Our strategic vision for gender equality focuses on ending violence against women and girls, on girls’ education, on promoting sexual and reproductive health and rights, and on women’s empowerment.
I am so pleased that my hon. Friend can support the “12 years of quality education” campaign that we are leading around the world, together with France and Canada. It is an incredibly important part of development, because evidence suggests that for every year that a girl spends in school, her lifetime earnings increase by 10%. Hon. Members can see how powerful that is in terms of prosperity for our world.
The Women Deliver conference heard this week from Sawsan Al Refai, a Yemeni development researcher and activist, who said:
“It is important for Yemeni women to be at the table, but we need to make sure Yemeni women’s issues are at the table too.”
What is the Minister doing to achieve that?
I am pleased to say that my ministerial colleague Baroness Sugg has been at that conference in Vancouver this week. The hon. Lady highlights a very important issue, because the evidence and the research that we have done suggests that involving women in peace processes very significantly increases the chances of their being successful and sustainable.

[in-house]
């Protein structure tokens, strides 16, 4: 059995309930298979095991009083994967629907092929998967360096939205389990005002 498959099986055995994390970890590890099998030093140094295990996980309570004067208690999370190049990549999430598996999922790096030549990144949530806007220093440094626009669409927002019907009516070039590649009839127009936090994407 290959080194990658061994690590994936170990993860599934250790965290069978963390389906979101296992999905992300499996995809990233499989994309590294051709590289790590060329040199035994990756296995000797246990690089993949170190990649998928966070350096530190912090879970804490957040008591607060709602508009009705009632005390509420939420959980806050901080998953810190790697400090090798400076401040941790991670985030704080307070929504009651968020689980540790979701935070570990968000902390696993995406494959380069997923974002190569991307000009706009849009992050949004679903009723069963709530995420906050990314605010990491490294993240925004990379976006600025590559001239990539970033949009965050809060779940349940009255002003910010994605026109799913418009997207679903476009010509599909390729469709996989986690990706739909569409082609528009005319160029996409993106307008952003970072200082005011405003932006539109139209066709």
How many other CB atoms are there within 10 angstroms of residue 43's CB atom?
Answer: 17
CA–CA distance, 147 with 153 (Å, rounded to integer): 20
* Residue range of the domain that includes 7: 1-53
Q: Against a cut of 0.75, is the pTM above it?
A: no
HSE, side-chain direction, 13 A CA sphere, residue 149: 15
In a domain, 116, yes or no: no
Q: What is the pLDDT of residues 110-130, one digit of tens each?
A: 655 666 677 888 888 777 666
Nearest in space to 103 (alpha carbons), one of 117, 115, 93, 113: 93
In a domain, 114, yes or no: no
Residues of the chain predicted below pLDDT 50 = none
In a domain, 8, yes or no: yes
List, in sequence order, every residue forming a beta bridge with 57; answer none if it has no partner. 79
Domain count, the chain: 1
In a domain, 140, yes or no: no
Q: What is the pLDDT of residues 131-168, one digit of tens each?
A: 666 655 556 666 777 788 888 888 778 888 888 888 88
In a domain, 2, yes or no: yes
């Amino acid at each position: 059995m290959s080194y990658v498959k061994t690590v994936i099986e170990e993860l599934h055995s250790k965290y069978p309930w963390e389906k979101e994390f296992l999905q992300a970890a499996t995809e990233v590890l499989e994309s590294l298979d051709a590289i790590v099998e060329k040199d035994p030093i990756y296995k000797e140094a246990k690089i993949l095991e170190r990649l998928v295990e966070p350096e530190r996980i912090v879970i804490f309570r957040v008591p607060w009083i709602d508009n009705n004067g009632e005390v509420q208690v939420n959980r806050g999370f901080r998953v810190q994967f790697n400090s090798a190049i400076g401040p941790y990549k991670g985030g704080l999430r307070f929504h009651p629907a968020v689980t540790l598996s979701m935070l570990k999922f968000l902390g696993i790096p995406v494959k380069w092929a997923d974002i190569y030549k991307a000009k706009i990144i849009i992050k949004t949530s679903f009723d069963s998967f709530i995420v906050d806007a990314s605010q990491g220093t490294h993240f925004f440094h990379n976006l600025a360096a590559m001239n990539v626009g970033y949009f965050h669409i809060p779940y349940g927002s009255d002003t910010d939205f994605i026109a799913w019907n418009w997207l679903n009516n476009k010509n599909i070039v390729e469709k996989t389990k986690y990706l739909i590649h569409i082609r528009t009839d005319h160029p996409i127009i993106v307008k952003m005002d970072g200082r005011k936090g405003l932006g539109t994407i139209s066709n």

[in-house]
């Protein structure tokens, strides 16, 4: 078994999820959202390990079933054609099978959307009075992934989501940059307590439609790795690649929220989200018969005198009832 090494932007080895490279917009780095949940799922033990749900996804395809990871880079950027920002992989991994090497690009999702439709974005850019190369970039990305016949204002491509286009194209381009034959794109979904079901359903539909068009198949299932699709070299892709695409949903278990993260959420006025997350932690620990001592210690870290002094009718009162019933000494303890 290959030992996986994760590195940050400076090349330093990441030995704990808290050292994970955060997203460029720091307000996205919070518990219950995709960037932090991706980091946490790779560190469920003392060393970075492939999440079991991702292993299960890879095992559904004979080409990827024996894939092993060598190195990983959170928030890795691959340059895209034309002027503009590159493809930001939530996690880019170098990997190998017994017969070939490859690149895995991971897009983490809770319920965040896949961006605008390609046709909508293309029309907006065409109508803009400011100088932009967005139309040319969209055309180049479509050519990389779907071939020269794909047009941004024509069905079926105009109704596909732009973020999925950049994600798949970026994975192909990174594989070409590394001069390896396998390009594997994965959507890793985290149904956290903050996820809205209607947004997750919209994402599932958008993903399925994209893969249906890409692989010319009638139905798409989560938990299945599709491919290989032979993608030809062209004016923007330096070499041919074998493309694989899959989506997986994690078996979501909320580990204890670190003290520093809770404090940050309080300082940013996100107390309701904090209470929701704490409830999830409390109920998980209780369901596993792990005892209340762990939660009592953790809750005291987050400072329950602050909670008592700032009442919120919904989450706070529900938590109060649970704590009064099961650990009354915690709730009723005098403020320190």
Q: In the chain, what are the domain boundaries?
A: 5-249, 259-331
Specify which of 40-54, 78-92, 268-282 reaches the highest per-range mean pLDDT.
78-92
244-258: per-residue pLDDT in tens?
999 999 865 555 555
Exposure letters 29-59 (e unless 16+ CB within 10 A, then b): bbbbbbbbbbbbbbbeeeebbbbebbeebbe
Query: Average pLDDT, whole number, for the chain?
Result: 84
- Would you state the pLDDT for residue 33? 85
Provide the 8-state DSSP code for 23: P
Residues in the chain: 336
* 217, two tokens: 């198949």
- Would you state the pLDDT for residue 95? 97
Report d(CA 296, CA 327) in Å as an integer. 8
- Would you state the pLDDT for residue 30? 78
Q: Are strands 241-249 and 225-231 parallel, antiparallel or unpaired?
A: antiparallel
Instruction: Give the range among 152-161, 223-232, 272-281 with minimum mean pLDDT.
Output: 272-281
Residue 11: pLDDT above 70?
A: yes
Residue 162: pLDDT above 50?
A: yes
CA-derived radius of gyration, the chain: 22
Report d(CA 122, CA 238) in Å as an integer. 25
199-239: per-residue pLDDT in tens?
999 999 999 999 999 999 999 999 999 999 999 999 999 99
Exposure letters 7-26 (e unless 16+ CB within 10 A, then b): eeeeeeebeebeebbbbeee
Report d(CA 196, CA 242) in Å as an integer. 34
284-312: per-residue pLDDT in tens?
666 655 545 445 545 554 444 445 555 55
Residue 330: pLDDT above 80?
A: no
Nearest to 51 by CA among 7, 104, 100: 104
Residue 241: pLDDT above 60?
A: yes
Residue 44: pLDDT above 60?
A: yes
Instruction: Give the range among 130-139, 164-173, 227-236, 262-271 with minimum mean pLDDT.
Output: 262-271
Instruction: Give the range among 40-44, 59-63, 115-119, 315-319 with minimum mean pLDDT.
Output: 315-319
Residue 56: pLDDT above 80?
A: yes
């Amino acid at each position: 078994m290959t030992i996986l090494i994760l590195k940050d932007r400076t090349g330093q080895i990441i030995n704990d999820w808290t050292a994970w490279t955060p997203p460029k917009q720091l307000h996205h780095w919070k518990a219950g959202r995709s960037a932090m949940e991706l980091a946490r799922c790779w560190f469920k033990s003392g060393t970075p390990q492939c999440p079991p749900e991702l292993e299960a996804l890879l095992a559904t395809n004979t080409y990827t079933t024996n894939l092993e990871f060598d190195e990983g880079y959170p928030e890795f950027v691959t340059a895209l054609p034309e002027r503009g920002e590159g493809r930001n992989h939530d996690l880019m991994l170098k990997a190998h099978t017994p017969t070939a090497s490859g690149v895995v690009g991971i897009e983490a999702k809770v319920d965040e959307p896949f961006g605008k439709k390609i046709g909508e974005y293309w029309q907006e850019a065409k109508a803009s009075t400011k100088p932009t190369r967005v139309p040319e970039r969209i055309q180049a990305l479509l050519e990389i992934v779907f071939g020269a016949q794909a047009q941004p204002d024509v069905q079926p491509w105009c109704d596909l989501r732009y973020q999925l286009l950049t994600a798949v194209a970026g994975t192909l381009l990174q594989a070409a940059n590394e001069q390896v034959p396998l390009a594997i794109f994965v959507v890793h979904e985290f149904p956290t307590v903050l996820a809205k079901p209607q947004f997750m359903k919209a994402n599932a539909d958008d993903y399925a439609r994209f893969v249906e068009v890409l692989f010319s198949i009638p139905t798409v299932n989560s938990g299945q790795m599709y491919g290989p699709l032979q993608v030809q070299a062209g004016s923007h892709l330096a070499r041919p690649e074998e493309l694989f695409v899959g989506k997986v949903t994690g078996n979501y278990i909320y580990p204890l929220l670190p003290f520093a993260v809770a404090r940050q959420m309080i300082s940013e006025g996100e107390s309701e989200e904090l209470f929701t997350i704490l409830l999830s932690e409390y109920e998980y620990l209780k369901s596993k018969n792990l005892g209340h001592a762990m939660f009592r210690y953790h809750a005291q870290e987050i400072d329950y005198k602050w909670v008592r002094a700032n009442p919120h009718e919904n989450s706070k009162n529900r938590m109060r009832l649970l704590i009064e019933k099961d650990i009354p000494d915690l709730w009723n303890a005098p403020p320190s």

Does the Minister agree that if we want to make women more equal worldwide, we have to free them from poverty? And does she agree that a road death or serious injury can plunge a family into long-term poverty? Does she agree that we must act now to stop this greatest epidemic of our times, which kills more women and children worldwide?
May I pay tribute to the hon. Gentleman’s tireless work on road safety around the world? He and I have met to discuss this issue, which is one of the biggest killers around the world. Of course, it is a killer of women and girls as well, and often of girls on their way to school. We are thinking about how we can best make sure that, where there is a need to develop growth—where the World Bank is providing finance, for example—the road safety elements are taken into account from the beginning.
In its latest annual review, the CDC claims that, of the jobs it supports, only 32% are for women and 68% are for men. Does the Minister agree it is not acceptable that over twice as many men are being supported with jobs via these investments. Given her Department’s commitment to gender equality, will she take this up directly with the CDC?
We should rightly recognise the important work that the CDC does in creating these jobs in the first place. This is a vital way in which the UK can be one of the significant investors in some of the poorest and most difficult to reach economies in the world. The equality that we are almost beginning to enjoy here in our workplace has not yet reached many of these developing countries. The hon. Lady raises a sensible and valid point that I will be happy to take up.